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Dialogue for Global Energy Security

23 October 2007

Moscow, Russia

It is an honour and pleasure for me to address and co-chair with Minister Khristenko this inaugural session on 'Global Energy Security and Efficiency' of the Second International Energy Week in Moscow. May I congratulate you on having established a major annual event in the mosaic of international activity that strengthens energy dialogue and co-operation for global energy security. You are providing a fruitful, recurring opportunity for governments, representatives of industry as well as academic and other energy experts to interact at a time of heightened energy security concern around the world. And very importantly at a time when Russia has re-assumed its global position as a super producer, exporter and consumer of the strategic commodities oil and natural gas in an energy-hungry world. 

Russia is blessed with natural resources. And with her competent and experienced 'Oil and Gas Complex', leading personalities of which are gathered in Moscow this week, Russia is, indeed, in a privileged position when harvesting her national endowment for domestic economic and social development. Your substantial and reliable exports of oil and natural gas are crucial for the economic and social development of your trading partners as well. Win-win interdependence and international co-operation in energy also strengthen wider economic and political co-operation among nations.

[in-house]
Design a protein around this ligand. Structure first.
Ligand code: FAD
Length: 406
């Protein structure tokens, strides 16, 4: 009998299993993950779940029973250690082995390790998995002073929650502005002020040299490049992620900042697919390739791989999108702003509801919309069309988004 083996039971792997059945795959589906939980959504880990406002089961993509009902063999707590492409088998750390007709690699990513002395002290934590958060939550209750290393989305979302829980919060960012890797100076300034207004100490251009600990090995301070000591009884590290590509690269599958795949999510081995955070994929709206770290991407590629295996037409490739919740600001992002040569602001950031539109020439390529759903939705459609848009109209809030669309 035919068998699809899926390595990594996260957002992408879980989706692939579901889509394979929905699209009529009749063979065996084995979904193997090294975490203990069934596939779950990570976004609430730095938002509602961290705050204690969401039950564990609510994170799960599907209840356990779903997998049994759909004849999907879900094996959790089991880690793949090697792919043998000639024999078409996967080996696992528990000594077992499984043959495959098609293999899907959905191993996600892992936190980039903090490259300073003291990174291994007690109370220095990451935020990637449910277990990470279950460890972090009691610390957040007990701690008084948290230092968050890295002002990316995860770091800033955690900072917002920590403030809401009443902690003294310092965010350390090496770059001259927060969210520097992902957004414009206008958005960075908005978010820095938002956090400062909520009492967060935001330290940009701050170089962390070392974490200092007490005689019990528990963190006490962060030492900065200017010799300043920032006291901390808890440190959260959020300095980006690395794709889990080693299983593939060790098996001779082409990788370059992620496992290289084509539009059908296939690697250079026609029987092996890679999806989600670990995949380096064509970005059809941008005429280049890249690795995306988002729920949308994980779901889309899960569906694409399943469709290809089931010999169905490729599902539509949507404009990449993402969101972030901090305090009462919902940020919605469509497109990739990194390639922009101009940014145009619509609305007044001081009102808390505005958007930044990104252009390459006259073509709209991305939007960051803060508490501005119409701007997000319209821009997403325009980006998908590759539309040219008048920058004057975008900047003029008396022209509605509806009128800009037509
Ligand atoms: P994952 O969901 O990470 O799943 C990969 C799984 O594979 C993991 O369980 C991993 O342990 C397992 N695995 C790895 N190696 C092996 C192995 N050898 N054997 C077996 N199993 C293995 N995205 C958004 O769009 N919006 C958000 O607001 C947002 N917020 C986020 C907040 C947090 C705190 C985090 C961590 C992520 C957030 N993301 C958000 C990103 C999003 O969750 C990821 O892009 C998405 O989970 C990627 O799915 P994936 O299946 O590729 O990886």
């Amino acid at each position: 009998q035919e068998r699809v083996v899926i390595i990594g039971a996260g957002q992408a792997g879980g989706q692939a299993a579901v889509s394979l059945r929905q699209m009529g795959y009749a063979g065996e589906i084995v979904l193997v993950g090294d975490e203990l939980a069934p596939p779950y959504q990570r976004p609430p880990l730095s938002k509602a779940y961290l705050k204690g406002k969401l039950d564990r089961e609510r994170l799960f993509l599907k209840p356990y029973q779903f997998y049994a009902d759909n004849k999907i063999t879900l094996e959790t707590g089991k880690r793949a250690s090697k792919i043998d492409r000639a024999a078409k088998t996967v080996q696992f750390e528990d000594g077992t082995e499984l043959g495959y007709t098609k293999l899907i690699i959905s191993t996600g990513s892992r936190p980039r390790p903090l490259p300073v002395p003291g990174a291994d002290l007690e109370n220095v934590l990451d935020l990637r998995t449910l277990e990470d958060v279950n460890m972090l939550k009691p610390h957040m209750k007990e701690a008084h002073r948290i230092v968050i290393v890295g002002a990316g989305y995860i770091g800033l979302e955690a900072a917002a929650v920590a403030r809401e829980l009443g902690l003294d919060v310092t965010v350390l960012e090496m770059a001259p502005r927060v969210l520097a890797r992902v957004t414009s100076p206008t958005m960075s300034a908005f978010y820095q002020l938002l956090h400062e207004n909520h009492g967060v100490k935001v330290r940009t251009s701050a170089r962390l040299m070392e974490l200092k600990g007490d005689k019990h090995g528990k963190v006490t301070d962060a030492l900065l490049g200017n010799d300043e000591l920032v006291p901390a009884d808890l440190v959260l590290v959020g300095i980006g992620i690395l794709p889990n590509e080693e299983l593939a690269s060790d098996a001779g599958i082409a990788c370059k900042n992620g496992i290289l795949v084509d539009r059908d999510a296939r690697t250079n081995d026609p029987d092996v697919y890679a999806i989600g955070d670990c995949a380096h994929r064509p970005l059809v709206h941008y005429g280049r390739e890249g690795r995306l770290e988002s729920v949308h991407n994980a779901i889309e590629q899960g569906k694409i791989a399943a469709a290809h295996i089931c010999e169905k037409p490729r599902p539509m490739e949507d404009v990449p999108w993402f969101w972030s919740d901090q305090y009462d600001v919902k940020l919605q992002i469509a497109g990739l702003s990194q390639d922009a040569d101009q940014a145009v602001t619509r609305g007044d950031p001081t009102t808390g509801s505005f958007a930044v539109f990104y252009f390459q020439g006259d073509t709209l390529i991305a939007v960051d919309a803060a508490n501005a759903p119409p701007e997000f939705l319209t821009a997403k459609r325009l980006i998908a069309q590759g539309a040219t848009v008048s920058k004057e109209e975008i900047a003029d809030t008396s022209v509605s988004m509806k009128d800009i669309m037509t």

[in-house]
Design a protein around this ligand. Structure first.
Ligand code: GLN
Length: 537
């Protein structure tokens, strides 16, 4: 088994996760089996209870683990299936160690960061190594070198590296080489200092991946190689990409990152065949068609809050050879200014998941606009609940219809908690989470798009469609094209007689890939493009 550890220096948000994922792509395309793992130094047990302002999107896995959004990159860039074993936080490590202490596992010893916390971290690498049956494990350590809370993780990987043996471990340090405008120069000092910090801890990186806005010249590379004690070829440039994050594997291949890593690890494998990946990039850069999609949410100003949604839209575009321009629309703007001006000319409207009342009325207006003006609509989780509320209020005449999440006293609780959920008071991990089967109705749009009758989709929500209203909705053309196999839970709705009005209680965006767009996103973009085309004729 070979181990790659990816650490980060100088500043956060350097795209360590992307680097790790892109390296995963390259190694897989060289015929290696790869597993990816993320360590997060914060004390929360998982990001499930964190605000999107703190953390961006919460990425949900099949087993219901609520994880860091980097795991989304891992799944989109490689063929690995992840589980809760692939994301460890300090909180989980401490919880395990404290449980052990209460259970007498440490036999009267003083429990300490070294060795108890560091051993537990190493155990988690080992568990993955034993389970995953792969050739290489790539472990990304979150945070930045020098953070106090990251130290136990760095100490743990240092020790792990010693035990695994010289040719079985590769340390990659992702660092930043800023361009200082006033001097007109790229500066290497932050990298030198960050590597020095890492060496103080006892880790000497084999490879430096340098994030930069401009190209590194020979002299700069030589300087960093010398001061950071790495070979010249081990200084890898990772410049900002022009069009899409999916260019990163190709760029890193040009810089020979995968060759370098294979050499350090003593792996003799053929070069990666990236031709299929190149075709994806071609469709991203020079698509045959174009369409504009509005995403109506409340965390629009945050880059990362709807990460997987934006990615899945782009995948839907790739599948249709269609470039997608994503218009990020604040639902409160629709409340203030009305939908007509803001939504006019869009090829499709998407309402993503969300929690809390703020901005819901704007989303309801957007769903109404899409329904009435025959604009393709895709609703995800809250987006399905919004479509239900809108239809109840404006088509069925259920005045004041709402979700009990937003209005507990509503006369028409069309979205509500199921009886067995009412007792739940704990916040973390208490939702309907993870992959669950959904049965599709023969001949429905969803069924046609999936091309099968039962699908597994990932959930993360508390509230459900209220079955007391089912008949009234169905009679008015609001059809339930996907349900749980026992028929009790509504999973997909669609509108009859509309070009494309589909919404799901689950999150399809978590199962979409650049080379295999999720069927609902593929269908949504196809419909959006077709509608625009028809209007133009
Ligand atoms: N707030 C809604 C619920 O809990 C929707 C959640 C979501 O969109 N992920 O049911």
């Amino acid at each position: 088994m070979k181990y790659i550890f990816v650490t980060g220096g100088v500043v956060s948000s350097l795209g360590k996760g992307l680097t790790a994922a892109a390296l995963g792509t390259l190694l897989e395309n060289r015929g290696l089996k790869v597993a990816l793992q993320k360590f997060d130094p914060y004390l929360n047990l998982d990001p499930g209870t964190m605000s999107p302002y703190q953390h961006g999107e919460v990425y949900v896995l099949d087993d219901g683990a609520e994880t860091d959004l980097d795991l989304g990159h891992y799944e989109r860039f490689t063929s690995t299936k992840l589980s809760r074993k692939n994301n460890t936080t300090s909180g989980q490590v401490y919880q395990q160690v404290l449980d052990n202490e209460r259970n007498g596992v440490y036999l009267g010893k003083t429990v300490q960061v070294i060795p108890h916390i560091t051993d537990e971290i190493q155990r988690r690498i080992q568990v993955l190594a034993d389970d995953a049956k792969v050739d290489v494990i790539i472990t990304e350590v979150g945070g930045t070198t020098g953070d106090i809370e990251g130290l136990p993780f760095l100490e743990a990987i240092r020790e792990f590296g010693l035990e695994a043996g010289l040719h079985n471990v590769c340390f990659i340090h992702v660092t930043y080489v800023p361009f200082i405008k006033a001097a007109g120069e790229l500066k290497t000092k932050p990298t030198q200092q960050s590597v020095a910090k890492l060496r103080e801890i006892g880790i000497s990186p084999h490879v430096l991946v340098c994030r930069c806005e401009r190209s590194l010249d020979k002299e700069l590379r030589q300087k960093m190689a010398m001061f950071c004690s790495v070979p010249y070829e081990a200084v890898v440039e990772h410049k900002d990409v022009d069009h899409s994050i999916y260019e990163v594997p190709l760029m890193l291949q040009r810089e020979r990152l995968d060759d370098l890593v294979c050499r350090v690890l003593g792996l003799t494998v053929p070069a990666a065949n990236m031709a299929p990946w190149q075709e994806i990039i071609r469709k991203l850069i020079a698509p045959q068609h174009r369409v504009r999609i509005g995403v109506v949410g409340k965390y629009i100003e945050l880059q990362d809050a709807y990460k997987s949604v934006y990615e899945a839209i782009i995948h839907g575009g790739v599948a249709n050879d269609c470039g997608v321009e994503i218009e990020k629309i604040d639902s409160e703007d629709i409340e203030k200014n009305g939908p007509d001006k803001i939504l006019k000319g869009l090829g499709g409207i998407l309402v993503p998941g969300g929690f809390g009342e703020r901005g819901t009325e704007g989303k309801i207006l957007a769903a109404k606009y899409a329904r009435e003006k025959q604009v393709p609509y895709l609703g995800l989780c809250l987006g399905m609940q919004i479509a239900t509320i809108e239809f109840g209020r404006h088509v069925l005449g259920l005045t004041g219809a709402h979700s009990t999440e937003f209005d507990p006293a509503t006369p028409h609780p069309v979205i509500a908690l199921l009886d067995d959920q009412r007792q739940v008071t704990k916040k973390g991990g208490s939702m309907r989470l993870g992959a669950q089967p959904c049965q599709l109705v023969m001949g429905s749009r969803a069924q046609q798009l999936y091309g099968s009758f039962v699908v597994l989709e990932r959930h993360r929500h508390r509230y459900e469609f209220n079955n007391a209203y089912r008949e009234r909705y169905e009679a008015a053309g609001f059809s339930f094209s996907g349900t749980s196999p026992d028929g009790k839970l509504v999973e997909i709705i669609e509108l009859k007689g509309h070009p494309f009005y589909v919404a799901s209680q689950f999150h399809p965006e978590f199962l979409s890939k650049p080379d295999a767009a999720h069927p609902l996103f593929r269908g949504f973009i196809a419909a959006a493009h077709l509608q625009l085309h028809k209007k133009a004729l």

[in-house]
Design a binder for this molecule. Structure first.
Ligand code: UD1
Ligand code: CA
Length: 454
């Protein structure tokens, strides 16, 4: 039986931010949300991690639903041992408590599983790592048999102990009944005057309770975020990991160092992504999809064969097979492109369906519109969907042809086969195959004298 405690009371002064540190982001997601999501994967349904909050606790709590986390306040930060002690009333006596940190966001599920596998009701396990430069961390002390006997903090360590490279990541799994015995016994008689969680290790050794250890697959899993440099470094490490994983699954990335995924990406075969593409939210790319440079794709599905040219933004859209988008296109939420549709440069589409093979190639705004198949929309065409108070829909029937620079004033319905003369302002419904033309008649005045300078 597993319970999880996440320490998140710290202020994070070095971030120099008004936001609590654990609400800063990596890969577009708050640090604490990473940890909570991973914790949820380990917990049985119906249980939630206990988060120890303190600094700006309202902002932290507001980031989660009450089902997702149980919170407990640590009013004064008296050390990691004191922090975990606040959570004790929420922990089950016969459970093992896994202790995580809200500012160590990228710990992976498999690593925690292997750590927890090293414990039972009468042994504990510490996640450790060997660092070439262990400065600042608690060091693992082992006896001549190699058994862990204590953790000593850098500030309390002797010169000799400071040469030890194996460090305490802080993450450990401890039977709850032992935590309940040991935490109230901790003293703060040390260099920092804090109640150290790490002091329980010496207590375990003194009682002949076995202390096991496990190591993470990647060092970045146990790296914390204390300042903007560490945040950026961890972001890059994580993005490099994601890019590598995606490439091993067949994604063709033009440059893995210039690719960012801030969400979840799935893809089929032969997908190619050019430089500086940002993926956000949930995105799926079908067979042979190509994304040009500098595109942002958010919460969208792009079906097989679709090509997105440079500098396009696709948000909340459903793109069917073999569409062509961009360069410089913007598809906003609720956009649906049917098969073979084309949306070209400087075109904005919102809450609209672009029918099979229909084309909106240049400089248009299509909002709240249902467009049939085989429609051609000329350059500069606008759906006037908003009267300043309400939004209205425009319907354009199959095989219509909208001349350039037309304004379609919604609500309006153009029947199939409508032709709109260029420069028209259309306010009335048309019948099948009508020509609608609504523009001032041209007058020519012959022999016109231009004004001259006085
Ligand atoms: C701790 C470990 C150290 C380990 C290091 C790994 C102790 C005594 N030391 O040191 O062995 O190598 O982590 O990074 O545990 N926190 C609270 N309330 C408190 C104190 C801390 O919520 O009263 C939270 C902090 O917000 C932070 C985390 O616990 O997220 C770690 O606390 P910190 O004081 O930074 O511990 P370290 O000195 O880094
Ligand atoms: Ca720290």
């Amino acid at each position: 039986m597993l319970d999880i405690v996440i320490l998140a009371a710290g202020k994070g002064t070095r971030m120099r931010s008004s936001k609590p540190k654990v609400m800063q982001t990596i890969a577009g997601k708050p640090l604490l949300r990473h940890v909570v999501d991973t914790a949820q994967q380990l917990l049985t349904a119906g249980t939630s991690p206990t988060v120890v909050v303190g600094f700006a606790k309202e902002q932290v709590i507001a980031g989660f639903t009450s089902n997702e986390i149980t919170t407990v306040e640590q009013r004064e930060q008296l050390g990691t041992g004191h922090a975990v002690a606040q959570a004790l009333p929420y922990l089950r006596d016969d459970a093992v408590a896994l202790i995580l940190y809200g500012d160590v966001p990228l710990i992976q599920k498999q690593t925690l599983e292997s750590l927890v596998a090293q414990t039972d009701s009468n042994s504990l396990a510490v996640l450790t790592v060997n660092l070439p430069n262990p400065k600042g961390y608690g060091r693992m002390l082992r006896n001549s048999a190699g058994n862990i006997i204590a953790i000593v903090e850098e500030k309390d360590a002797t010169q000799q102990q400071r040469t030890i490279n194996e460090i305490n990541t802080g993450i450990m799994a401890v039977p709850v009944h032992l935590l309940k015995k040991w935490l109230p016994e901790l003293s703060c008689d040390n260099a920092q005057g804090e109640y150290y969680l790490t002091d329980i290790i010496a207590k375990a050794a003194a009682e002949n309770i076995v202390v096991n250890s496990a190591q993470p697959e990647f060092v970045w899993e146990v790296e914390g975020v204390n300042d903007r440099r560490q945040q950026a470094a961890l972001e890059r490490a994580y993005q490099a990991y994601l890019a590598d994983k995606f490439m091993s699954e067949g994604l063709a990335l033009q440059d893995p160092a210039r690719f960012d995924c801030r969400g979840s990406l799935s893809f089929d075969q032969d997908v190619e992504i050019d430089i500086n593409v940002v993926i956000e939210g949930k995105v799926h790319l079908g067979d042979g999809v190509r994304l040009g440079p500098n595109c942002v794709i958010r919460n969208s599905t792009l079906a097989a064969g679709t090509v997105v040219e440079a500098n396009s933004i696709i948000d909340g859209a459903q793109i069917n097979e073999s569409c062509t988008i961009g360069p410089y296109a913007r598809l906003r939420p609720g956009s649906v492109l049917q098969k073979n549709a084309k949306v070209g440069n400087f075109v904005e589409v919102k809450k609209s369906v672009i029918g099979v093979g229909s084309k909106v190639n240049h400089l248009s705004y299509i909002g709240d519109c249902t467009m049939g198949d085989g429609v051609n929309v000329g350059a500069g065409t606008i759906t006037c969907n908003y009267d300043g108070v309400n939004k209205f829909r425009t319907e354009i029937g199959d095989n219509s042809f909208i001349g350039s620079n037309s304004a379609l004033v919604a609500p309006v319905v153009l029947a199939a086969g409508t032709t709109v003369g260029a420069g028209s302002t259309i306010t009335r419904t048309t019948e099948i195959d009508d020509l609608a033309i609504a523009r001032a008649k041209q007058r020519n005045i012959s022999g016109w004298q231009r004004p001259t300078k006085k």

Energy security was put in forceful focus by The Group of Eight industrialized nations under the Presidency of the Russian Federation last year. In their St. Petersburg Plan of Action on Global Energy Security, President Putin and other G8 Heads of State and Government highlighted the importance of dialogue and the role of the International Energy Forum in efforts to address common energy concerns. 

Complex backdrop

Looking ahead, I see the producer-consumer dialogue and international energy relations evolving against a complex backdrop, some features of which are that: 

  • Fossil fuels remain paramount for quite some time, but with increasing attention to development of alternatives.